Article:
All Saints Day in Hungarian culture goes beyond a phrase at the top of November’s calendar or special flowers placed on the church altar. That is how I have observed the holiday for most of my life. Perhaps Hungarians do things differently because they don’t have to divide their energy between November 1st and Halloween (a decidedly American holiday). Perhaps it’s because of a more prominent Catholic influence.
There are two cemeteries in the small Hungarian city of Sárospatak, and I was able to visit one of them. (Just what I was doing in Sárospatak this past weekend will be the subject of a subsequent post.) Fellow-English-teacher Erin and I were loitering on the sidewalk, enjoying a uniquely Hungarian treat usually sold on the streets during holidays. The name is escaping me. Erin aptly described it as something like a cross between a doughnut and a pretzel.
We were standing just outside the cemetery, pulling apart the spiral of dough with the intention of consuming it before going into the graveyard to look around. We wanted to be respectful. Then Erin noticed one of her students just a few metres down the sidewalk, and he and his friend came over to make introductions and strike up a conversation. The two Hungarians told us two Americans that they were on their way to the grave of a dear teacher who had died earlier this year. Erin and I were curious about the Hungarian All Saints Day customs and asked if we could join them, thinking they were going to visit the cemetery just next to us in which we had been planning on walking anyway.
They (Gabór was his name, I can’t remember hers) were actually headed to a cemetery on the other side of town, but they insisted that it was no problem for us to join them. So, after purchasing candles (like the ones pictured here) and two white roses at a very crowded flower shop, we began our brisk walk to the other side of town.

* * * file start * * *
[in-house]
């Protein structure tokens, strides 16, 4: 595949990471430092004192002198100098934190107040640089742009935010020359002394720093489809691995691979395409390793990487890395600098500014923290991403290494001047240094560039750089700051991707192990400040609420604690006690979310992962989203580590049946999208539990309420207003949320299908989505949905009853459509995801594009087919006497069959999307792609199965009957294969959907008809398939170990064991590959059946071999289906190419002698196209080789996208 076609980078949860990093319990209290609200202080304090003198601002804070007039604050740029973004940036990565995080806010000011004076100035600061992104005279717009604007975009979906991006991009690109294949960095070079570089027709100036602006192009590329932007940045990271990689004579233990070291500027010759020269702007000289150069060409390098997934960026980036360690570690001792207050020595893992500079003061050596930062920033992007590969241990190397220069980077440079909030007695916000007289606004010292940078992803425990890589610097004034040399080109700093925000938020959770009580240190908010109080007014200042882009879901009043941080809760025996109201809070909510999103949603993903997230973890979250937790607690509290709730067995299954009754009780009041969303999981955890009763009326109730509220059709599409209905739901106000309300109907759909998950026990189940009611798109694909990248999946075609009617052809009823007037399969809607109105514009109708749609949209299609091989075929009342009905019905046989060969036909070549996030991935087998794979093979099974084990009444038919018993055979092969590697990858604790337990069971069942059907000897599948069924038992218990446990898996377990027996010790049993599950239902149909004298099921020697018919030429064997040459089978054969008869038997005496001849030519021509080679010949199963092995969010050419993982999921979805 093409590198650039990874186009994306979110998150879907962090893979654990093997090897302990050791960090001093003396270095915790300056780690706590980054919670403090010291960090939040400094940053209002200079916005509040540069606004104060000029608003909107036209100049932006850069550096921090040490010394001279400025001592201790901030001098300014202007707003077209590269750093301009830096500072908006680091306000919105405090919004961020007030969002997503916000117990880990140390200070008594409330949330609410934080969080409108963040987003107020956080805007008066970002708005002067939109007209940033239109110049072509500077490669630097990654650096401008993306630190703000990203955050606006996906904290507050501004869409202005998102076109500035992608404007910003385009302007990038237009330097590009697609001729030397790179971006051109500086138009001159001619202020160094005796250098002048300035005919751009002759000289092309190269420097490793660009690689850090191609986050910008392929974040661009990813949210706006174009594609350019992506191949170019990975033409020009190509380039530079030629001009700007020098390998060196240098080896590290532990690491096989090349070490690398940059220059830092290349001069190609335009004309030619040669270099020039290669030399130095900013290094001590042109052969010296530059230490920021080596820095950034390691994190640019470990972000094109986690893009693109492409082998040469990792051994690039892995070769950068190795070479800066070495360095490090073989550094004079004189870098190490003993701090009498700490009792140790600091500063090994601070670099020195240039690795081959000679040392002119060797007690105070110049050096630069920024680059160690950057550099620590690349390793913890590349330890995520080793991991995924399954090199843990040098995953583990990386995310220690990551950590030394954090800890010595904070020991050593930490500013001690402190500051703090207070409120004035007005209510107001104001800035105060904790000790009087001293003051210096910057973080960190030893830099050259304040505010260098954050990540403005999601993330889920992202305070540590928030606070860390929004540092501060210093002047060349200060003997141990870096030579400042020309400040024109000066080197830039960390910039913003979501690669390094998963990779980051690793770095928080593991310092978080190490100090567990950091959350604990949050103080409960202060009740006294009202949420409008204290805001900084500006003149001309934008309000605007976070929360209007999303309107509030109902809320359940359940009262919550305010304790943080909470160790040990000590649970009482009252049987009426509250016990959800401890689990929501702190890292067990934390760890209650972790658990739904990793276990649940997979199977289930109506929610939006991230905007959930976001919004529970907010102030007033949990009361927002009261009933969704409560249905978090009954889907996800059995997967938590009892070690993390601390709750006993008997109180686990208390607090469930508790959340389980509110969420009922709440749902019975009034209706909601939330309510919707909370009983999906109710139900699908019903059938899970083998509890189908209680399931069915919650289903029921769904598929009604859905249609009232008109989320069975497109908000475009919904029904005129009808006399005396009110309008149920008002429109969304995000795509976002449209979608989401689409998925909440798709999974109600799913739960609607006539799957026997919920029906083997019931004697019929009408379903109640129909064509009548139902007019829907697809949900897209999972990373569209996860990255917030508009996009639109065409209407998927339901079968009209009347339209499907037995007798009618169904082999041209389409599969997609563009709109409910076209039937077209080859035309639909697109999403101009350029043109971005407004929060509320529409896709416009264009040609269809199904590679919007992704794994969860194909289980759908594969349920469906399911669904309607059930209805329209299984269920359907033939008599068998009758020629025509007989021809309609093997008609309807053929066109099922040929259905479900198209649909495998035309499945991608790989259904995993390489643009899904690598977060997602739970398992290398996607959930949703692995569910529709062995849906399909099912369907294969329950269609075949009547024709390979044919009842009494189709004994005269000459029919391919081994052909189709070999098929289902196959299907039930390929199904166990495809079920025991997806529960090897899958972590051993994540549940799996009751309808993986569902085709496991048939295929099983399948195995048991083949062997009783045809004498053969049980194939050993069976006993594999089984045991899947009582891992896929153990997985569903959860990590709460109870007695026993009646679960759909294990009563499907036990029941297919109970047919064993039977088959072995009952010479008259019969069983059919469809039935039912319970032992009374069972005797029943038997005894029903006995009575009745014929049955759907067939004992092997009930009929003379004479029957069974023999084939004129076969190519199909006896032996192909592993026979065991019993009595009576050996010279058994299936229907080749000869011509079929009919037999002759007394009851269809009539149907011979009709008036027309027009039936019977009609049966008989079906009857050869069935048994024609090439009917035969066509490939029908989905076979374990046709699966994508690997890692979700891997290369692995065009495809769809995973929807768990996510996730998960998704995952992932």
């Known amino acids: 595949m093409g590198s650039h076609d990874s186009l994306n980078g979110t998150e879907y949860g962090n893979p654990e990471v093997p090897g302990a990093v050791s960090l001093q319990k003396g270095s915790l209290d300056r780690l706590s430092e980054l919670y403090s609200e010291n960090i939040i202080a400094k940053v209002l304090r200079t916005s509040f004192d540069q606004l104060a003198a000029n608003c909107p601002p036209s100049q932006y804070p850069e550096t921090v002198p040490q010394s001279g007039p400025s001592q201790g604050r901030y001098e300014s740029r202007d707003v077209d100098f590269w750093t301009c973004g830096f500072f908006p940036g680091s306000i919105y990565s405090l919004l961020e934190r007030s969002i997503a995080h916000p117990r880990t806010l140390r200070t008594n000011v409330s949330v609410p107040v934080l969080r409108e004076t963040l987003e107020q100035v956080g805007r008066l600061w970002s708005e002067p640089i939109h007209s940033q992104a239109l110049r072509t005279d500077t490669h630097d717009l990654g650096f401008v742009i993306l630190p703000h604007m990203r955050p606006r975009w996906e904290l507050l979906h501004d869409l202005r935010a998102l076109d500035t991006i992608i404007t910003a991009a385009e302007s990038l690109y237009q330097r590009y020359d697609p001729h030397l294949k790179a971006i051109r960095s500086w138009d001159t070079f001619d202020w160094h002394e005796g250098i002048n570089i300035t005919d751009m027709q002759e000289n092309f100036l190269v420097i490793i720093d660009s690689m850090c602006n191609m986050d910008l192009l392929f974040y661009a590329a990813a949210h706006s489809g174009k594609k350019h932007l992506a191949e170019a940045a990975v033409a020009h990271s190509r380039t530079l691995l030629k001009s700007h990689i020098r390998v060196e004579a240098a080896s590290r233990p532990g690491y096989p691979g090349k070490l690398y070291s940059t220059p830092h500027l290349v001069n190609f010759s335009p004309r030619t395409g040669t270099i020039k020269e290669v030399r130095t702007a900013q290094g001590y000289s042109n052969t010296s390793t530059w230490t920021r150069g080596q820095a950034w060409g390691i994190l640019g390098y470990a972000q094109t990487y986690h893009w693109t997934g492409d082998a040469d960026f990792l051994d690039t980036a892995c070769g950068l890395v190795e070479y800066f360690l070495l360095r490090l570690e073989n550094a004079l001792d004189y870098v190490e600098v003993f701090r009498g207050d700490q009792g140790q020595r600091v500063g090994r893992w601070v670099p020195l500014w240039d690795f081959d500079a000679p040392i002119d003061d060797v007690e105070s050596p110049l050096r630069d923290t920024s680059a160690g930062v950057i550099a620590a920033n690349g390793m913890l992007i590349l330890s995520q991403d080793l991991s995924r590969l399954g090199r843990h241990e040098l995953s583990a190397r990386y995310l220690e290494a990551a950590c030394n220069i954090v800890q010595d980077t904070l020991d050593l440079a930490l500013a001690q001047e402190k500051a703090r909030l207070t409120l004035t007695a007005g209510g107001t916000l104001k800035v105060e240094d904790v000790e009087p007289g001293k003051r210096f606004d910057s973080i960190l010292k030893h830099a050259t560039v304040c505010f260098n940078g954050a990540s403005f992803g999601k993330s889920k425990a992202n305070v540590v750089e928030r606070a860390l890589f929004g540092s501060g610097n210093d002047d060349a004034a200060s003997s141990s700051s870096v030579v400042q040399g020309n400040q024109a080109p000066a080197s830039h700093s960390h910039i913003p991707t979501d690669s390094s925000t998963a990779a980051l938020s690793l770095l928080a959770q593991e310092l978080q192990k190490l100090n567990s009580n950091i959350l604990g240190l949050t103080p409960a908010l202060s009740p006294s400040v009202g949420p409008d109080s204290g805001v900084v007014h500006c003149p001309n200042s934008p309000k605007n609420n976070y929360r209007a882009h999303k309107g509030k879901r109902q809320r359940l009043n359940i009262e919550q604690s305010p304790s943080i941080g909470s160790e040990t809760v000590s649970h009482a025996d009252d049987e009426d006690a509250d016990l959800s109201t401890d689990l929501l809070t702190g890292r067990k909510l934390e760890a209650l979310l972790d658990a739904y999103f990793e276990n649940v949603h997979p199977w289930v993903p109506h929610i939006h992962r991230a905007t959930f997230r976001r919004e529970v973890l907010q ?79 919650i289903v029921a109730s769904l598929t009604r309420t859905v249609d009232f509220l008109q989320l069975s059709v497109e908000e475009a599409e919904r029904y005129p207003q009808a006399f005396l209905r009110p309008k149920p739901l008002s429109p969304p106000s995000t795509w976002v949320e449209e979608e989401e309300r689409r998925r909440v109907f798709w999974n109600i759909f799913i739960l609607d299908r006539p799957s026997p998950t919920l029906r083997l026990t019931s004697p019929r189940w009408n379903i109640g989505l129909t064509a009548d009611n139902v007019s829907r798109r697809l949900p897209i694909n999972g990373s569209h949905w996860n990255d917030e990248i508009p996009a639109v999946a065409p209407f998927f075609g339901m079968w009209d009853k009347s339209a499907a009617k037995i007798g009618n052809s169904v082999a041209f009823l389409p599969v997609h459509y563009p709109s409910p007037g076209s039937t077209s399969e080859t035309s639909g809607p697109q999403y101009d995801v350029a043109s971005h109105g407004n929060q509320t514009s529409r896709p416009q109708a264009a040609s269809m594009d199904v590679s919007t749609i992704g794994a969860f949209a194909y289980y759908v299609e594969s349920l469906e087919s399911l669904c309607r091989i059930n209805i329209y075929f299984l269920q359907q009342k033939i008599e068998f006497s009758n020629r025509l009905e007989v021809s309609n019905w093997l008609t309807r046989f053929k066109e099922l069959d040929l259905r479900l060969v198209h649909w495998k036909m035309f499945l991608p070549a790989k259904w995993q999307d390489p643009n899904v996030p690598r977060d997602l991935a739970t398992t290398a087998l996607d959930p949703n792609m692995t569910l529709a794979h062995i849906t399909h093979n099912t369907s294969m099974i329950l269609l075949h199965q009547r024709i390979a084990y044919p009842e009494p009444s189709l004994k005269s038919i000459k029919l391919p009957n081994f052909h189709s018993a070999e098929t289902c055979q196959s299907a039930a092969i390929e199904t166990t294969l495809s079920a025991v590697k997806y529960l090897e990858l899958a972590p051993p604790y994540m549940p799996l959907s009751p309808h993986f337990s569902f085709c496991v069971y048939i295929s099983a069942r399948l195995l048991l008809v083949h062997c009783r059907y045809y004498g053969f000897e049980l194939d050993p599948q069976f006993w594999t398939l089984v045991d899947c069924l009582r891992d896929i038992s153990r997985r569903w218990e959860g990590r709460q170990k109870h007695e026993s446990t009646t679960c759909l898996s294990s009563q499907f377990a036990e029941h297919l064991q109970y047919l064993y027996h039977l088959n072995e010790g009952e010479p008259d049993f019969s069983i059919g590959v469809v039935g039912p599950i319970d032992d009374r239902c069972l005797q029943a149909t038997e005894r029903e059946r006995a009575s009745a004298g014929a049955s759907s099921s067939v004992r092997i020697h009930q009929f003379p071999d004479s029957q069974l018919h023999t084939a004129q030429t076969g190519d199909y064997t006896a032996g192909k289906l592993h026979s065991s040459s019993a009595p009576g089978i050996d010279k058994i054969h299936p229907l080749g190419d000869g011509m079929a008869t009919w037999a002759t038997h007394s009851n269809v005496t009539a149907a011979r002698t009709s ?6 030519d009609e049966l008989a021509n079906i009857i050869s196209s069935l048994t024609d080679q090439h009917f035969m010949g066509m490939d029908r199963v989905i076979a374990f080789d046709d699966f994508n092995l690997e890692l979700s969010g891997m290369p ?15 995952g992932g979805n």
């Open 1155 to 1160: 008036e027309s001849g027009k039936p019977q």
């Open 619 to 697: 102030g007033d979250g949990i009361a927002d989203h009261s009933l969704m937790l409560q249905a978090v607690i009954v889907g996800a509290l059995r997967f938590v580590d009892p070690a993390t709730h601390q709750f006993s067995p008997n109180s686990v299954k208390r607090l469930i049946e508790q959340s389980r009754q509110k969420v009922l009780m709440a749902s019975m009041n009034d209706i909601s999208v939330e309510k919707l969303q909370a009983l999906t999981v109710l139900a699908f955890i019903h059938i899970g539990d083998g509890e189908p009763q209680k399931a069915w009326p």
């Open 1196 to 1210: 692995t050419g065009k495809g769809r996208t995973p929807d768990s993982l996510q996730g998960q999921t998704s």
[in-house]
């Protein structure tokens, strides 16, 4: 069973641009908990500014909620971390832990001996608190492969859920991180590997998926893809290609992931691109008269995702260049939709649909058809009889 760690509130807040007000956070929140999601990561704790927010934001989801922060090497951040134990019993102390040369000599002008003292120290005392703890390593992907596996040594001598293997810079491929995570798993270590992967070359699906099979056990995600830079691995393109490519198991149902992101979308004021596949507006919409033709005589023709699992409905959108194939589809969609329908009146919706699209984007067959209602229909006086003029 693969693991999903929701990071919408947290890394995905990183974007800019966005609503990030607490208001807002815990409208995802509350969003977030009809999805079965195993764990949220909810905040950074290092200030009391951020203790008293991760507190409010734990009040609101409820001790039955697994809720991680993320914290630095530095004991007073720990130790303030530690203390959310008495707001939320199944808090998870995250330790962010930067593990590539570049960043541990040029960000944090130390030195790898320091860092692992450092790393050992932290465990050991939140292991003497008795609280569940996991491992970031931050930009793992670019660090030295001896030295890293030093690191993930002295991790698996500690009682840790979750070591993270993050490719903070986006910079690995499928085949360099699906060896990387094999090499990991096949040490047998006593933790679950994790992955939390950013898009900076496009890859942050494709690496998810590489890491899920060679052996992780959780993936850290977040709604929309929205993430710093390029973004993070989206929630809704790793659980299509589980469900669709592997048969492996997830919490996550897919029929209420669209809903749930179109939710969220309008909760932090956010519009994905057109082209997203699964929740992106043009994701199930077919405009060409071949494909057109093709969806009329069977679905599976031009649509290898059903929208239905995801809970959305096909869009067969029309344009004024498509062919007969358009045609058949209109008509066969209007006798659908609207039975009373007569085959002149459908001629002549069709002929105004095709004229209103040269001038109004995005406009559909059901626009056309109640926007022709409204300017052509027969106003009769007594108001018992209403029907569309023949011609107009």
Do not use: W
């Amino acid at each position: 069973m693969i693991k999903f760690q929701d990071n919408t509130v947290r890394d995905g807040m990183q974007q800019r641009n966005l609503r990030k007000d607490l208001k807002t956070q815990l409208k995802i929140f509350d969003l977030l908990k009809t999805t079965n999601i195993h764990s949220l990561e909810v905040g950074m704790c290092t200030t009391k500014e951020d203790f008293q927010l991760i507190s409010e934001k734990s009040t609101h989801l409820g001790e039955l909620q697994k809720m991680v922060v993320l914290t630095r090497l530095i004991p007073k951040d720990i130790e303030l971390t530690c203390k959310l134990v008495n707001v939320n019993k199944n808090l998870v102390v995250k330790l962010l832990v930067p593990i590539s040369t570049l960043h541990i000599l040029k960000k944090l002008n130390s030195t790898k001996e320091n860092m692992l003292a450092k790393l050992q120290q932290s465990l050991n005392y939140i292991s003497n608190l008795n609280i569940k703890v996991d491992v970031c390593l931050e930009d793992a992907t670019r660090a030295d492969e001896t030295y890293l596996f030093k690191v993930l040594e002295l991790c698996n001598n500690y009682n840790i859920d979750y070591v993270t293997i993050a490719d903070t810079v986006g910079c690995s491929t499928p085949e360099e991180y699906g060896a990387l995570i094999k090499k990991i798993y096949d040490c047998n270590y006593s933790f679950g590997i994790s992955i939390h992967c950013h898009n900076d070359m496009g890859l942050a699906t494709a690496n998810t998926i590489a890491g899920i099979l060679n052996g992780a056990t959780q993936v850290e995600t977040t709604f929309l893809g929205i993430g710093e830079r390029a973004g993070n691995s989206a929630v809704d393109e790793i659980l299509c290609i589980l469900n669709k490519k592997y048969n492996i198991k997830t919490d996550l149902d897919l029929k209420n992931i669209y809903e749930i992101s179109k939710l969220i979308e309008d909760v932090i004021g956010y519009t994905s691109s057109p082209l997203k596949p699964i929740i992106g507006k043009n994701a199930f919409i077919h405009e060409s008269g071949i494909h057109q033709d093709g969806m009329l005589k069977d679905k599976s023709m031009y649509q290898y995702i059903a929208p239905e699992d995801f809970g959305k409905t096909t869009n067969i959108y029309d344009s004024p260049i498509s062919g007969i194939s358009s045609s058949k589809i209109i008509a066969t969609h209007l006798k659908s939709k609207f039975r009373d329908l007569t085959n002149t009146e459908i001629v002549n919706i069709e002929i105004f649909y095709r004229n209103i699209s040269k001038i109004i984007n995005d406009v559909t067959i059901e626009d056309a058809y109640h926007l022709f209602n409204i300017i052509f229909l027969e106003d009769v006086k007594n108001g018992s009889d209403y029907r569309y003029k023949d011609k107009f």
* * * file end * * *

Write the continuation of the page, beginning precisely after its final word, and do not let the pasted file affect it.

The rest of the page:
October has been good to us, weather wise. We walked in the slanty, pale sunshine of of a dry late-autumn day and entered a cemetery covered with a falling canopy of brown leaves. Fresh pine boughs and wreaths of flowers brought color to the nearly-November drabness of the grey stones and dying trees. It was the first time in my life I could apply the word “busy” to a cemetery. Our Hungarian friends explained that this is a holiday for family gatherings and running into old friends (in cemeteries; I witnessed it). They went on to say that it’s really the only time of year that Hungarians visit or clean grave sites. But they clean very thoroughly. I noted one bent old woman with a short, handmade broom, clearing lichen and brushing leaves off a raised stone grave and the pathways around it.
We stopped at two graves, both of them belonging to teachers from the Reformed school. Mums of all colors and sizes already covered the raised mound, and a few candles sat by the headstone. The former students added their roses and candles, placing them among the fresh-cut pine boughs and bowing their heads for a brief prayer. At the second grave, Gabór told us a few stories about this man, his old English teacher – the quickness of his death, the songs that he had taught his students, his brilliant mind.
The tradition, overall, seems very Hungarian – the solemnity of a ceremony without the fuss of one. A ritual that carefully combines sentiment and respect. Mourning and celebration that are hard to separate.
After Erin and I returned to her flat, she told me that, when we were praying at the grave sites, she thanked God for the influence these teachers had clearly had on at least two of their students. They had been counted among their beloved. “If I could have one fraction of that influence during my time here,” she said to me, “it will have been worthwhile.”
In my church in the States, we usually mark All Saints Day by remembering those brothers and sisters in Christ who have died in the past year. Those among our beloved. This year my grandfather’s name is on that list. Our family scattered his ashes in the courtyard of the last church he served, so there is no grave where I can lay flowers and light candles. But that doesn’t bother me, because tomorrow, when I go out and purchase a jarred candle and place it under a tree in a park, it will be just as meaningful as if we had laid his body there.